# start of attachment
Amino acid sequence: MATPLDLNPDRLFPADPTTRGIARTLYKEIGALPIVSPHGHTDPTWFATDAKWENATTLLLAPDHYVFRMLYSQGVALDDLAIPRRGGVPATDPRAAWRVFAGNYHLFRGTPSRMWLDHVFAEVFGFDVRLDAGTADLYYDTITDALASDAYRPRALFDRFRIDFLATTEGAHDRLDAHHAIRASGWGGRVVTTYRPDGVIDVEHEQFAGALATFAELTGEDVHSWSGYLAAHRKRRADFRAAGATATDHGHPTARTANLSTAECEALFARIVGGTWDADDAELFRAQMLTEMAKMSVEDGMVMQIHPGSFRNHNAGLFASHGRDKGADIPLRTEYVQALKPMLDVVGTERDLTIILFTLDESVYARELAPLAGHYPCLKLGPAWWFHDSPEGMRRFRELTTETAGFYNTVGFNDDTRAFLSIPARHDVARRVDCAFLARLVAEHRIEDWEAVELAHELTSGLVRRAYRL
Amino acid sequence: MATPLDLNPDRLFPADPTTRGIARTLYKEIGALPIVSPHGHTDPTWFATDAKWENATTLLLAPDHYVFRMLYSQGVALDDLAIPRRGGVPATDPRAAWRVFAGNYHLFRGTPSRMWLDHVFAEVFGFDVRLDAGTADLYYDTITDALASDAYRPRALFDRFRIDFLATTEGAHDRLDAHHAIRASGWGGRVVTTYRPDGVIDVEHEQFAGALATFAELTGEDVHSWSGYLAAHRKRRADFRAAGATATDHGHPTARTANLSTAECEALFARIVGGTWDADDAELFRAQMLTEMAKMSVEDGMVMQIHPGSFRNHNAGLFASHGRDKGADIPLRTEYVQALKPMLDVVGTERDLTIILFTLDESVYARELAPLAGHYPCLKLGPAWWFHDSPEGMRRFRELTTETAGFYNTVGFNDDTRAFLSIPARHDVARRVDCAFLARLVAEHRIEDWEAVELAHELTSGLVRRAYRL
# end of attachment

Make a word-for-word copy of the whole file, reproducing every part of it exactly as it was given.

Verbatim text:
Amino acid sequence: MATPLDLNPDRLFPADPTTRGIARTLYKEIGALPIVSPHGHTDPTWFATDAKWENATTLLLAPDHYVFRMLYSQGVALDDLAIPRRGGVPATDPRAAWRVFAGNYHLFRGTPSRMWLDHVFAEVFGFDVRLDAGTADLYYDTITDALASDAYRPRALFDRFRIDFLATTEGAHDRLDAHHAIRASGWGGRVVTTYRPDGVIDVEHEQFAGALATFAELTGEDVHSWSGYLAAHRKRRADFRAAGATATDHGHPTARTANLSTAECEALFARIVGGTWDADDAELFRAQMLTEMAKMSVEDGMVMQIHPGSFRNHNAGLFASHGRDKGADIPLRTEYVQALKPMLDVVGTERDLTIILFTLDESVYARELAPLAGHYPCLKLGPAWWFHDSPEGMRRFRELTTETAGFYNTVGFNDDTRAFLSIPARHDVARRVDCAFLARLVAEHRIEDWEAVELAHELTSGLVRRAYRL
Amino acid sequence: MATPLDLNPDRLFPADPTTRGIARTLYKEIGALPIVSPHGHTDPTWFATDAKWENATTLLLAPDHYVFRMLYSQGVALDDLAIPRRGGVPATDPRAAWRVFAGNYHLFRGTPSRMWLDHVFAEVFGFDVRLDAGTADLYYDTITDALASDAYRPRALFDRFRIDFLATTEGAHDRLDAHHAIRASGWGGRVVTTYRPDGVIDVEHEQFAGALATFAELTGEDVHSWSGYLAAHRKRRADFRAAGATATDHGHPTARTANLSTAECEALFARIVGGTWDADDAELFRAQMLTEMAKMSVEDGMVMQIHPGSFRNHNAGLFASHGRDKGADIPLRTEYVQALKPMLDVVGTERDLTIILFTLDESVYARELAPLAGHYPCLKLGPAWWFHDSPEGMRRFRELTTETAGFYNTVGFNDDTRAFLSIPARHDVARRVDCAFLARLVAEHRIEDWEAVELAHELTSGLVRRAYRL